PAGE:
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Name : MUDIANTO Reg.

Number : A1D2 06 084 Assignment : Poetry

1. The rhodora is a deciduous plant that is native to northeastern United States that bears pink flowers. The poem begins with a subheading of On Being Asked, Whence Is the Flower? With the subheading, Emerson establishes a question of where does the flower comes from or why is the flower here on Earth. "Whence" does not mean when, but from what place, or from what origin or source. Thus, the heading of the poem implies that someone asked the speaker where the flower came from. 2. The speaker is I thats mean is the speaker is the author of this poem (Emerson). The speaker is a man. In this poem the poet is ignorance because he dont realize the existence of nature with Rhodora. The poet in this is passionate but does not seem to be carried away by the beauty of the flower, while William Wordsworth does. However, the realistic way of viewing of the rhodora by the poet does not suppress the emotion of the poet. Neither does it put up any kind of hindrance before the poet to use his imaginative faculty. He imagines a bird coming and challenging the rhodora flower for outshining its red plumage (Bussey, n.d.). He is also passionate enough to describe the rhodora as the rival of the rose. 3. In this poem the speaker is speaking to the reader, and sometimes his monologue addresses to the Rhodora, 4. Setting : in May, in the pool, 5. The subject is The Rhodora. We can see in the line 9-16 Rhodora! If the sages ask thee and why 6. The speaker marvels at the beauty and transformative power of blossoms of the Rhodora which he encounters in a damp, dark: comer of the woods. Its tiny petals alone are able to interact with and even change the character of the other elements within the surrounding environment, as displayed when these "purple petals, fallen in the pool,/ Made the black water with their beauty gay" (lines 5-6). By merely exuding its natural beauty in an effortless appeal to the senses, the flower is able to exert a more visually dominant outstanding force over the more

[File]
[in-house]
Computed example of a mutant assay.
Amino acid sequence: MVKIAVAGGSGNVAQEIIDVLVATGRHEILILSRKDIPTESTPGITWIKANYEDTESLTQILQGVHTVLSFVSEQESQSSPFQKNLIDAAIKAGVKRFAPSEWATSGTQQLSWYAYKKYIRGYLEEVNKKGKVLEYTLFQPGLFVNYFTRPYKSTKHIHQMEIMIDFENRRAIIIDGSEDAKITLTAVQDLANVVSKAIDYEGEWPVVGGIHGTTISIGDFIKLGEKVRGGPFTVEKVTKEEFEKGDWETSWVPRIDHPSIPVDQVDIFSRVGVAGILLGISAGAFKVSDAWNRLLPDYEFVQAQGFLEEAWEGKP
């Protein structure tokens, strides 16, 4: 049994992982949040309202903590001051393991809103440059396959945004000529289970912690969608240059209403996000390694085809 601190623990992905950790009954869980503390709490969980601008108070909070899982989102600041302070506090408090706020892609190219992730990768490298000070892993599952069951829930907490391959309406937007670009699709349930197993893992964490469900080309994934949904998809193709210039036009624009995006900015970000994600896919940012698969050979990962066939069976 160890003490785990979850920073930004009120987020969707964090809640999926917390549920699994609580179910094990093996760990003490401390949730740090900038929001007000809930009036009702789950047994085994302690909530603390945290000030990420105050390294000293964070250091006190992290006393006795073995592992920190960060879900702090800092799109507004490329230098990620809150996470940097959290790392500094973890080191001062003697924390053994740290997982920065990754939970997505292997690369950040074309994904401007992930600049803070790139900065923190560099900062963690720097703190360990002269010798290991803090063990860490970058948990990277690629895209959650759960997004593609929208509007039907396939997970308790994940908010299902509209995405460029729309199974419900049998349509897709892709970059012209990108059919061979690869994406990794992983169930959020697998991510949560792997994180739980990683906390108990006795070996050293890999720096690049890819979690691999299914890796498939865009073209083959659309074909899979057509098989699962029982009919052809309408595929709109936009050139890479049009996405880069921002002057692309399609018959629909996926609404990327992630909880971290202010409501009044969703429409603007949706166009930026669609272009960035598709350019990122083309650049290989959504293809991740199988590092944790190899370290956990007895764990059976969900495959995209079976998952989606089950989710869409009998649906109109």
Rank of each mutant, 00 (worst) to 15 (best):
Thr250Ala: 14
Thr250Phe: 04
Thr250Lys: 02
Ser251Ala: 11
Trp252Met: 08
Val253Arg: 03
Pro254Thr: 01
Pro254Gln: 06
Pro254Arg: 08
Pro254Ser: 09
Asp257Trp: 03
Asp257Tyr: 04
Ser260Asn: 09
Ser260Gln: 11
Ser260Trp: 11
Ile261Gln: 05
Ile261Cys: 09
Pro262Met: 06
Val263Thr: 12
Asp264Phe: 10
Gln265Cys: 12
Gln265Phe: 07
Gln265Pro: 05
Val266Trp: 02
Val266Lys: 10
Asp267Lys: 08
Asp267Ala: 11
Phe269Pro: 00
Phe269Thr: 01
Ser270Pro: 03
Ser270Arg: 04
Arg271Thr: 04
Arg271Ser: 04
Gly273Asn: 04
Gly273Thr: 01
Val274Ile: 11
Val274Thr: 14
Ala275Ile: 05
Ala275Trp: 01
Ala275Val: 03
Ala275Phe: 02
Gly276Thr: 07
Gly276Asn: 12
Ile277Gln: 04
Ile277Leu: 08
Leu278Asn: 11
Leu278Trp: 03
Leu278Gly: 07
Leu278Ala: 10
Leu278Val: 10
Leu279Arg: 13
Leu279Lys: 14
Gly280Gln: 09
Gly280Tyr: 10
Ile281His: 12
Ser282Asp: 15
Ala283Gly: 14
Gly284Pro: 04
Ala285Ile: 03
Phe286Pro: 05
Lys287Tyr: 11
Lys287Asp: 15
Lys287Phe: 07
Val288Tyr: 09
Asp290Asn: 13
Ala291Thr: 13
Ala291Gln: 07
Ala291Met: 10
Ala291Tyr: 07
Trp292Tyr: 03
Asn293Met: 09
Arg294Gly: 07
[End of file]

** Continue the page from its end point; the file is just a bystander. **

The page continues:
physically predominant water. Such beauty needs no explanation; it exists for the sole purpose of being appreciated as a sensory pleasure. "Beauty is its own excuse for being. ..." (Line 12) and requires no other justification. It need not be tangible and is meant to be enjoyed in and of itself; for, as Emerson notes in "Nature," "Nature satisfies by its loveliness. ...Without any corporeal benefit" (Emerson 192). The simple observation of nature and its elements is pure delight. 7. t is the most meaningfull poem we have ever read. It reflects the differences between looking and seeing. Rhodara is the beauty among bad things. beauty is in the eye of the beholder, as indicated by Emerson: the beauty of nature comes from the beauty of the mind. 8. Yes I like it. Because the vocabulary is easy to understand, but it has meaningful poem.

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